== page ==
Предавање др Предрага Лажетића, Универзитет у Бату, Велика Британија

Време30. новембар 2023. 13:00

30. новембар, свечана сала (114/1) у 13 часова

Using creative methods to research across difference – examples, potentials and limitations

Within the research methods literature, the term ‘creative methods’ is typically used to refer to an approach that enables people to express themselves in non-verbal ways (Gauntlett, 2007), often used in combination with more traditional methods such as interviews and focus groups. Mannay (2016) (drawing on Pauwels, 2011) suggests that creative methods can be categorised under one of three approaches. First, researchers can focus on a variety of ‘found’ materials. While this has been a well-established approach within the disciplines of history, art and archaeology, it is also now frequently used in the social sciences. Here, emphasis is placed on the importance of analysis and interpretation, rather than creation and production. Examples include the analysis of the visual content of: school websites and marketing materials (e.g. Wilkins, 2012); posters promoting sexual health (e.g. Jewitt, 1997); and fanzines produced by young women (e.g. Harris, 2004). Second, projects may be built around ‘researcher-initiated productions’ (Mannay, 2016), in which researchers are positioned as image-creators – for example, taking photographs of tattoos (Jacobson & Luzatto, 2004); sketching the layout of shared housing (Heath & Cleaver, 2004); and filming classroom interactions (Baines, Rubie-Davies, & Blatchford,  2009). Third, participants may be involved in more participatory ways, where the researcher acts as facilitator. Such approaches have included: documentary-making with young people (e.g. Blum-Ross, 2013); running photography workshops with refugees (e.g. Finney & Rishbeth, 2006); and playdough modelling with school children (e.g. Ingram, 2011). This third strand of work has become increasingly popular over the past decade or so, informed by a concern to give research participants more control over how their lives are represented, facilitate the involvement of those who may be less confident speaking or writing, and enable exploration of topics that may be too sensitive to talk about (Heath, Brooks, Cleaver, & Ireland, 2009).

Source: Rachel Brooks, Anu Lainio & Predrag Lažetić (2020) Using creative methods to research across difference. An introduction to the special issue, International Journal of Social Research Methodology, 23:1, 1-6, DOI: 10.1080/13645579.2019.1672281

In this interactive session, Dr Predrag Lažetić, one of the editors of the special issue on creative and visual methods within International Journal of Social Research Methodology (Brooks, Lainio and Lažetić., 2020) will present and discuss the examples of different use of creative and visual methods in his own field of education sociology and comparative social science. The session will be focused on presentation of examples of creative methods used in various contemporary studies and in particular within large comparative research project about higher education students in Europe called Eurostudents.  The presentation will outline some of the research results gained through the use of creative and visual methods followed by discussion about their methodological potentials and limitations. The session to all social scientists and students interested in social science methodology as well as comparative educational and sociological research.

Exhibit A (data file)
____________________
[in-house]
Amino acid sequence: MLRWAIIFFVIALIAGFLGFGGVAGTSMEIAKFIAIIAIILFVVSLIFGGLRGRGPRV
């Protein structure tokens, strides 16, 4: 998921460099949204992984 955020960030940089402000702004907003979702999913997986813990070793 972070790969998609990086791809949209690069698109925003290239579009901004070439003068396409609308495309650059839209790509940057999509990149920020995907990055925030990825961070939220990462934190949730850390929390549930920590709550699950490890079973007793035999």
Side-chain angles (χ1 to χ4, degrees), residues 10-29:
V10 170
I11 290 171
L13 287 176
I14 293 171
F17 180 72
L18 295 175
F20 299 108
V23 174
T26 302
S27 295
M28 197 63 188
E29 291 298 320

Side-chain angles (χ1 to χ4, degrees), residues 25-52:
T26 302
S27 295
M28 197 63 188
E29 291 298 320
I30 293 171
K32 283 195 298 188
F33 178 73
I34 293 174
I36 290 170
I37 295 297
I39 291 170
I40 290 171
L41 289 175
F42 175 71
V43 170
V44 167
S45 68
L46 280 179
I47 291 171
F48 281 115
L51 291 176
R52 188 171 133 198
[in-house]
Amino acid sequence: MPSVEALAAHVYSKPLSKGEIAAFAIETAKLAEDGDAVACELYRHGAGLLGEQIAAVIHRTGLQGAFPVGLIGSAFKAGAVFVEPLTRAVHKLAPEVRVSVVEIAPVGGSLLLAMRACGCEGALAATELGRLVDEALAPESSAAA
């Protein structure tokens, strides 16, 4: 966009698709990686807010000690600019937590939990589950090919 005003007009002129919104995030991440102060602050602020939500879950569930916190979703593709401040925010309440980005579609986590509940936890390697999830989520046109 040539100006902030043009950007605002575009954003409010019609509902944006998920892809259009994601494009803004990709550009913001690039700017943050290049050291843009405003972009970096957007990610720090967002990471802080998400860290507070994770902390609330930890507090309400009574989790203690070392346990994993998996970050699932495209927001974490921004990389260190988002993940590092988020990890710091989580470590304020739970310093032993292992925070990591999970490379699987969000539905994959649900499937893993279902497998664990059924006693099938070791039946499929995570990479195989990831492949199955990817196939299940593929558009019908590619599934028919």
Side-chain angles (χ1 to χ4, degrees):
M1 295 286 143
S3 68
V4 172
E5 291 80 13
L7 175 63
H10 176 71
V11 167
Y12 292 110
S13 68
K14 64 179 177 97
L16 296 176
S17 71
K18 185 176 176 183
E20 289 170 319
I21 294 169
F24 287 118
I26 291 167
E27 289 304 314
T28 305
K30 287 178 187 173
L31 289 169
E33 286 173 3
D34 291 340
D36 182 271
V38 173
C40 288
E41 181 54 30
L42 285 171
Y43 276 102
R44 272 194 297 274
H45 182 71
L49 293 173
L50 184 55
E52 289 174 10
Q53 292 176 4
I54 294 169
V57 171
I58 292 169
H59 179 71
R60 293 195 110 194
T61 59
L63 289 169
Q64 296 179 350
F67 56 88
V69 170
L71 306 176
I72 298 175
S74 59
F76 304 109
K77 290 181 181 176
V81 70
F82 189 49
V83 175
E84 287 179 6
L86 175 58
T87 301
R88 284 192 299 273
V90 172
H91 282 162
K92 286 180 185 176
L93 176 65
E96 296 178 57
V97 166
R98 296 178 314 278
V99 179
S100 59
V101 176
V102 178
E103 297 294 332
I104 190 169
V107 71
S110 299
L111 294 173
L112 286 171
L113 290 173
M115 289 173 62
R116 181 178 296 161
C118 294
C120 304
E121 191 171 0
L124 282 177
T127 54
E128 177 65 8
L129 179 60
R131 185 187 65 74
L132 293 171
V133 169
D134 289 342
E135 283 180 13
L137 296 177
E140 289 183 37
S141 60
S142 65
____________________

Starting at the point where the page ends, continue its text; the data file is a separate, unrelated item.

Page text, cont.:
Dr Predrag Lažetić is an assistant professor (lecturer) at the Department of Education at the University of Bath in the United Kingdom. He is also an alumnus of the Faculty of Philosophy at the University of Novi Sad. His particular interests are in the field of labour market outcomes of higher education graduates, youth underemployment and unemployment, and socio-economic determinants of participation in specific study programmes and levels of education. His other research area are higher education students and the ways they are constructed by policy, institutions and especially through visual means of photographs and websites.  Previously he worked as a research fellow at the Department of Sociology at the University of Surrey within European Research Council funded project Eurostudents. He worked also as the director of the Centre for Education Policy in Belgrade (2009-2013) as well as the research associate at the University of Kassel in Germany.


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